How things are going with Hawaii’s bellwether largely foretells how things are going in Hawaii’s overall, travel-based economy. Hawaiian Airlines said it is starting to see tangible recovery in travel, including their launch this week of 3 of 4 new routes. The company’s SVP, Brent Overbeek, recently addressed where the airline is in the recovery process, and it was definitely insightful.
Numbers say travel is making a comeback.
Even before the CDC makes an anticipated formal travel announcement, there is good news. TSA had its busiest day in a year last Friday, with 1.36 million passengers going through US checkpoints. This also comes as the Hawaii Tourism Authority is sharing hopeful numbers during spring break. Saturday, for example, there were nearly 20,000 vacation arrivals in the state. When Kauai comes back online starting April 5, things should continue to improve.
When asked about the new routes, Brent said, “Some of our deeper, established markets – like Los Angeles, Las Vegas, and Seattle – will take some time to return to pre-pandemic levels. In this downtime, we saw an opportunity to expand our footprint on the U.S. West Coast and tap into new markets that have demonstrated a strong interest in travel to Hawaii.”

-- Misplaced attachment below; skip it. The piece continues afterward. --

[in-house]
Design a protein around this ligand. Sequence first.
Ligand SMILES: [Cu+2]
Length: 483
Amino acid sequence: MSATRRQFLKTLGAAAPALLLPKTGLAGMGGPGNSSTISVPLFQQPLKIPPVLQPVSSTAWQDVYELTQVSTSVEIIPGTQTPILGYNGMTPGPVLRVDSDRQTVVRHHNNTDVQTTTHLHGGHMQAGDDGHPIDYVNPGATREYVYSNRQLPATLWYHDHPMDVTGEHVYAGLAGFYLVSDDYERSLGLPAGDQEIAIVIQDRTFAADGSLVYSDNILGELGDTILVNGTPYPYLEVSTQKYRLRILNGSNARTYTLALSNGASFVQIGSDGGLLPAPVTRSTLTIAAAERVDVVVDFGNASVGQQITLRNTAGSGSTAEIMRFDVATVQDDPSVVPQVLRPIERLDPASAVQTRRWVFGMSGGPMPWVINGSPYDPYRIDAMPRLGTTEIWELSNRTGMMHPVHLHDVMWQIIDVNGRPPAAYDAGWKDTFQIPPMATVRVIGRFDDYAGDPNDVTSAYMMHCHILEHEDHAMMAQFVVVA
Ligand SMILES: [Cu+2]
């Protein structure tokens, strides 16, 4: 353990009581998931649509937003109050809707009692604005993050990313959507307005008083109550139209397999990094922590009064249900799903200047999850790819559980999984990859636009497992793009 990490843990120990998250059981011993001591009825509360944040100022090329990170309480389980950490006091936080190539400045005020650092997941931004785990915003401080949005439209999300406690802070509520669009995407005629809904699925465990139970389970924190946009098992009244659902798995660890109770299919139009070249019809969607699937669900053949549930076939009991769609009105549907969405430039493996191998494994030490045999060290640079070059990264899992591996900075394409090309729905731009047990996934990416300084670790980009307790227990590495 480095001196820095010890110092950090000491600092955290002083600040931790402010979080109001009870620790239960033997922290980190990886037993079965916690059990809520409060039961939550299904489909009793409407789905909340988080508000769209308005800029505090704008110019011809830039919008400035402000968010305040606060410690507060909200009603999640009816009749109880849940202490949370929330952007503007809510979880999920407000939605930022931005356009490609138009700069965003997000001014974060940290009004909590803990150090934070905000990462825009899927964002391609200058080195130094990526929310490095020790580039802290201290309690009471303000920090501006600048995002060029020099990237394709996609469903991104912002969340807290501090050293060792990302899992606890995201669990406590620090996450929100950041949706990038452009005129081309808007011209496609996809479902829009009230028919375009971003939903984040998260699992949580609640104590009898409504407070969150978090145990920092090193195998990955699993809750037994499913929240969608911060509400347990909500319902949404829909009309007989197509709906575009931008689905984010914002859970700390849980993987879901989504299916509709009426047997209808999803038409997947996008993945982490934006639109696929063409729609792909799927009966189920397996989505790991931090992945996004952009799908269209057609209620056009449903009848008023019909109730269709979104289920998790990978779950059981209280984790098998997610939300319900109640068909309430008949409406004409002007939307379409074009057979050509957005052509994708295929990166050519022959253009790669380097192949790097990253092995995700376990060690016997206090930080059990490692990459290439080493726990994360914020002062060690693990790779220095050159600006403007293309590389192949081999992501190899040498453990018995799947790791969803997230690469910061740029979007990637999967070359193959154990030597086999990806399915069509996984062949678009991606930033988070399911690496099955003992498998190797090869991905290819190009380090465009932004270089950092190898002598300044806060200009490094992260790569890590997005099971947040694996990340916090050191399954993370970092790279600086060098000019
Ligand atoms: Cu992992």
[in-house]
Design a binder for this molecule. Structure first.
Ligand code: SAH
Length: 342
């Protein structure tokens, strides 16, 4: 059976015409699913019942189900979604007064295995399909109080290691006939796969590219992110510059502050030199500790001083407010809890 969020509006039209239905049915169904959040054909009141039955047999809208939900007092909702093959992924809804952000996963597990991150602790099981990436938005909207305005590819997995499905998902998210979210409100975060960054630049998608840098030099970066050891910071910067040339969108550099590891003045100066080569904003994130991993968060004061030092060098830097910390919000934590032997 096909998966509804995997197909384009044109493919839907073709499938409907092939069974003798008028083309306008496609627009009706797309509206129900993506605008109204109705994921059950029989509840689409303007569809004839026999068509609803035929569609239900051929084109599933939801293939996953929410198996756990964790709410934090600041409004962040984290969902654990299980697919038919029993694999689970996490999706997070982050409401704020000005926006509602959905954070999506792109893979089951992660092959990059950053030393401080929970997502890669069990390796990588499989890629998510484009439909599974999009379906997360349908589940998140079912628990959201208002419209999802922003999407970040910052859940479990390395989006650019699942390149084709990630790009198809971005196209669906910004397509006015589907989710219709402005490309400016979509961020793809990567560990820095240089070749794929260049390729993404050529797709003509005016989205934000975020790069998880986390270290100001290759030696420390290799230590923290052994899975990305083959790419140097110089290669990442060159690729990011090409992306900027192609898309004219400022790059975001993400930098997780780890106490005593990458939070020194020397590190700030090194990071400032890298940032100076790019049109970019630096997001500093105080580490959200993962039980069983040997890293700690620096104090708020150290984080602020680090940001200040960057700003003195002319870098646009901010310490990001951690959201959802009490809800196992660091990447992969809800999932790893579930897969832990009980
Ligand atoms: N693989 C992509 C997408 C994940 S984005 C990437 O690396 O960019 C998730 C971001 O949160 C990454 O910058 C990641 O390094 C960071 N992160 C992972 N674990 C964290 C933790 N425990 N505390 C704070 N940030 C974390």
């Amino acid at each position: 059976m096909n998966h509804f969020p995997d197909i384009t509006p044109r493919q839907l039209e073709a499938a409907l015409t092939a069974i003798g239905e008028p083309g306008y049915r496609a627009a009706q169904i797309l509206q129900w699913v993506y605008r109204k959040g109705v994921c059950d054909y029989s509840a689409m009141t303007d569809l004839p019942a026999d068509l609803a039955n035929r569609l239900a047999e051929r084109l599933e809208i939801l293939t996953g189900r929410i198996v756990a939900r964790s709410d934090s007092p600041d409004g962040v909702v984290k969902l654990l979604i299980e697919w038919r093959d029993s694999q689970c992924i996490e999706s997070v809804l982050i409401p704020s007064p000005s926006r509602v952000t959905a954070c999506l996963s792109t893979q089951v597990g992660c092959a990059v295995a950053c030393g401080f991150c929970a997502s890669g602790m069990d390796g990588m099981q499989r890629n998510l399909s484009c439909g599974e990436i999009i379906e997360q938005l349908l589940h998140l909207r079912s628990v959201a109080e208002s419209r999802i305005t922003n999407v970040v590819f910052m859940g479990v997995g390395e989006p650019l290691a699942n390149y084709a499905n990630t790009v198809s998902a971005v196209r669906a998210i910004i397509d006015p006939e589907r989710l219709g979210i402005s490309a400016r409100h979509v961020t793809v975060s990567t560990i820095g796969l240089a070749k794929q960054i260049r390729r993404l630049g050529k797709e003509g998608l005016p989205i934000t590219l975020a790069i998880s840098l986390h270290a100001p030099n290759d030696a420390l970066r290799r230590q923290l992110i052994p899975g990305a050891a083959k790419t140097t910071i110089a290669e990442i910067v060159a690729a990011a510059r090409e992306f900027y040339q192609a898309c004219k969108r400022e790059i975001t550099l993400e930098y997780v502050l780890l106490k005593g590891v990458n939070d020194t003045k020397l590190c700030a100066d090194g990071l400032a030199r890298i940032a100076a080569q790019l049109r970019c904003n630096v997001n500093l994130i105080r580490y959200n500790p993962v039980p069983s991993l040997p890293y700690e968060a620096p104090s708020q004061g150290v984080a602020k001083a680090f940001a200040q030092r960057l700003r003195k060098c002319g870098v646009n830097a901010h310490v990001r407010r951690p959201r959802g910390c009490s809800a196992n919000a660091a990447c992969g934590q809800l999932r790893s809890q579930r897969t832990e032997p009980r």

Returning demand for Hawaii travel?
Hawaiian said that their current “Focus is on ramping up our North America schedule. In February, we flew about 60 percent of our pre-pandemic levels, and as we continue to add back service, I think we will likely be in the 90-95-percent range in May. Travel within the state of Hawaii also picks up as our U.S. mainland guests connect to the other Neighbor Islands.”
Brent also mentioned that Hawaiian looks forward to the expected removal of interisland COVID testing requirements, which could happen at any point now. That will definitely spur flying between islands.
Hawaiian fleet is being used differently.
Brent said that the company has even been using its new Airbus A321neo fleet for some interisland flights during these difficult times. It has also utilized the larger A330 for cargo-only operations in a charter capacity. He said, however, that as recovery takes hold, “I think we’ll transition back to how we used our fleet before the pandemic.”
Mixed blessing – international is on hold.
Governments are still working through international reopening. On the good side, that makes Hawaii travel a whole lot easier than foreign destinations. On the bad side, it is curtailing Hawaiian Air’s business with Asia and the South Pacific.